The thing is, Mukesh has always been belittled by his boss, i.e., Nakul Bihari Anand who leaves no stone unturned in humiliating him and underscoring before him that he is good for nothing. It is despite the fact that Mukesh has solved two murder cases earlier (by default and not through any formally assigned investigation). Nakul Bihari Anand uses the solving of these cases also against Mukesh because the murder-victims were the clients of the firm. Taking a clue from the demeaning behaviour of the superboss towards Mukesh, even the lady secretary of the firm treats Mukesh disrespectfully. However Mukesh tolerates everything and never says no to his boss, i.e., Nakul Bihari Anand. He moves to Delhi quite reluctantly because his wife is undergoing the advanced stage of her first pregnancy.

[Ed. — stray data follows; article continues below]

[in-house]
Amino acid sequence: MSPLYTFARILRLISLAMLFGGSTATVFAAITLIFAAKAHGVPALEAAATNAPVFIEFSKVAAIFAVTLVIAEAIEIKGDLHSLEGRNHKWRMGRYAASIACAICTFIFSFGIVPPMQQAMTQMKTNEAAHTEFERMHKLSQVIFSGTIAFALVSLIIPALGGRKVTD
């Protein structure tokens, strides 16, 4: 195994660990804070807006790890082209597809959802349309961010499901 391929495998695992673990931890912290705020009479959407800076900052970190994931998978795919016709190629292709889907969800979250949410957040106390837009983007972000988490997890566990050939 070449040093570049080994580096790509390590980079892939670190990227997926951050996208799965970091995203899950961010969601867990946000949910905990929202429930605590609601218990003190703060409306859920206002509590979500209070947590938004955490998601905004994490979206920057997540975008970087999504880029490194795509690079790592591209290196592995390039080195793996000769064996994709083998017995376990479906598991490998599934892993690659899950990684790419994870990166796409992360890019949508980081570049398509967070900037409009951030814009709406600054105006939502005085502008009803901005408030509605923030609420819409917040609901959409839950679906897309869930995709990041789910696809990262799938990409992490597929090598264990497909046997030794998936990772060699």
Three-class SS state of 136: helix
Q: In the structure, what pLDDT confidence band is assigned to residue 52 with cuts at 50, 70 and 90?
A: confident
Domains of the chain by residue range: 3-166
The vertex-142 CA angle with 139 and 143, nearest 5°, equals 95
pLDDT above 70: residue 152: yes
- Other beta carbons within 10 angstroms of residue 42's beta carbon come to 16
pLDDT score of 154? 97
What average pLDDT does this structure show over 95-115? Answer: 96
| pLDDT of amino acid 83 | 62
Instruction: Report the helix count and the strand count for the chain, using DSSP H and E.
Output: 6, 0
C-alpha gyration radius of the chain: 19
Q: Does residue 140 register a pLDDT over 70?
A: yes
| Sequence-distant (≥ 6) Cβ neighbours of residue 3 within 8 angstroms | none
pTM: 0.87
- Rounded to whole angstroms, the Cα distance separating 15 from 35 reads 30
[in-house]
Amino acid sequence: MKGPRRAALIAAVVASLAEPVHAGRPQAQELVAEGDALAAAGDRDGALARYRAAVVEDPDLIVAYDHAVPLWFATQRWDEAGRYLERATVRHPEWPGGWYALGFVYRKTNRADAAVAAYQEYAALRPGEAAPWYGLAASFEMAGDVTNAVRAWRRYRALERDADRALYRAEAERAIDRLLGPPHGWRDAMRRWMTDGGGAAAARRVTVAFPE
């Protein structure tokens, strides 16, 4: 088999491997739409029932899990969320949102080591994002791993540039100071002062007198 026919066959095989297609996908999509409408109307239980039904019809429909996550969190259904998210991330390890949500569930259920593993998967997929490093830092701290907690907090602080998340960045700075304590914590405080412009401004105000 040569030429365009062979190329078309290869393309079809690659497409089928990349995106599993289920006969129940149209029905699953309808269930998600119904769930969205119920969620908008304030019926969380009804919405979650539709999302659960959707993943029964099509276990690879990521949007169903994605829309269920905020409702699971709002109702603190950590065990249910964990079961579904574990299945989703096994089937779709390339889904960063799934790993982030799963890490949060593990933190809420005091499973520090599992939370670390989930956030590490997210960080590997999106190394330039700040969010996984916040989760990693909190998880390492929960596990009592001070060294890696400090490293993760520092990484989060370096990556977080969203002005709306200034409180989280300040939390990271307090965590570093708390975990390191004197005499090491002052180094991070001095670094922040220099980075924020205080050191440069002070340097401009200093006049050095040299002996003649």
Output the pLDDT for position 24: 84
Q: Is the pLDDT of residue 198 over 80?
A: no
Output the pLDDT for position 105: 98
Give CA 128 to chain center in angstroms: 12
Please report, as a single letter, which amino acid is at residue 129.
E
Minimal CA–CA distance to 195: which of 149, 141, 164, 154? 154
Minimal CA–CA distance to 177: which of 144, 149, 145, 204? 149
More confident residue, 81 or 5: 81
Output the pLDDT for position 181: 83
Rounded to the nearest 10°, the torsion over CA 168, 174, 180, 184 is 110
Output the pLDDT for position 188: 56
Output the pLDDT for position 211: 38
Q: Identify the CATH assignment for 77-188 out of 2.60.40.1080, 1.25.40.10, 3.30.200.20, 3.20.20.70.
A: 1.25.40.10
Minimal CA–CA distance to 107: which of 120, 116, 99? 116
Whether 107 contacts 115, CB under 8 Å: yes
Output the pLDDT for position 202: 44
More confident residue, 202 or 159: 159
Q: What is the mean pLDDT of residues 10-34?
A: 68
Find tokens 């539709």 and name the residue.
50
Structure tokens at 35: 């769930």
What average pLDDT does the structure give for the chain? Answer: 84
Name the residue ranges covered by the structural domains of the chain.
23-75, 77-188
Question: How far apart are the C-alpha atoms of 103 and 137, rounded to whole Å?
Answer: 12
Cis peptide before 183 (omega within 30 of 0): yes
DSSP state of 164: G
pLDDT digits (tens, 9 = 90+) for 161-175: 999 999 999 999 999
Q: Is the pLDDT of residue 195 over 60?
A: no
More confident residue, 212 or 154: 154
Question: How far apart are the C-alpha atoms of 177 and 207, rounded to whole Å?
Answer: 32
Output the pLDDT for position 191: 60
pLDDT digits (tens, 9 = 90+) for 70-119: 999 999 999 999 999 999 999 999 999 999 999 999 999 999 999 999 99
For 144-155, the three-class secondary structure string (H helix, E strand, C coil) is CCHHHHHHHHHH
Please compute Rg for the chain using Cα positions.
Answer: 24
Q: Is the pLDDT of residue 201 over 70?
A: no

In Delhi, Mukesh takes stock of the facts and sets to his work of defending Nikhil who is actually the boyfriend of the victim’s daughter, i.e., Nikita. Due to his relationship with Nikita, he was well-known to Mangla. However there are other suspects too because the victim had no dearth of her male admirers. One is a partner of the Delhi based firm of the Anands – Rajeev Acharya who is unmarried despite being in his advanced years. Another one is Vijay Singh who is a stock-broker and financial consultant. He is a family man. The attitude of Nirmal Mehra, Shyam Bihari Anand’s ex son-in-law who has homosexual relationship with a tenant of Mangla, Basant Mirani is also not appreciable in this context. Mukesh seeks the help of an experienced private detective, Chandresh Rohatgi to investigate different aspects of this case, probes deep into this unusual crime and fights the trial in favour of the accused as his defense counsel. As the trial as well as his own endeavour in this regard progresses, gradually this seemingly complicated case becomes clearer and clearer to him because the hidden facts come out one-by-one just like an onion is peeled off. In the climax, he arranges a sting operation with the help of Chandresh Rohatgi to draw curtain on the case and his assignment as well. With this he proves his worth also before his boss, Nakul Bihari Anand.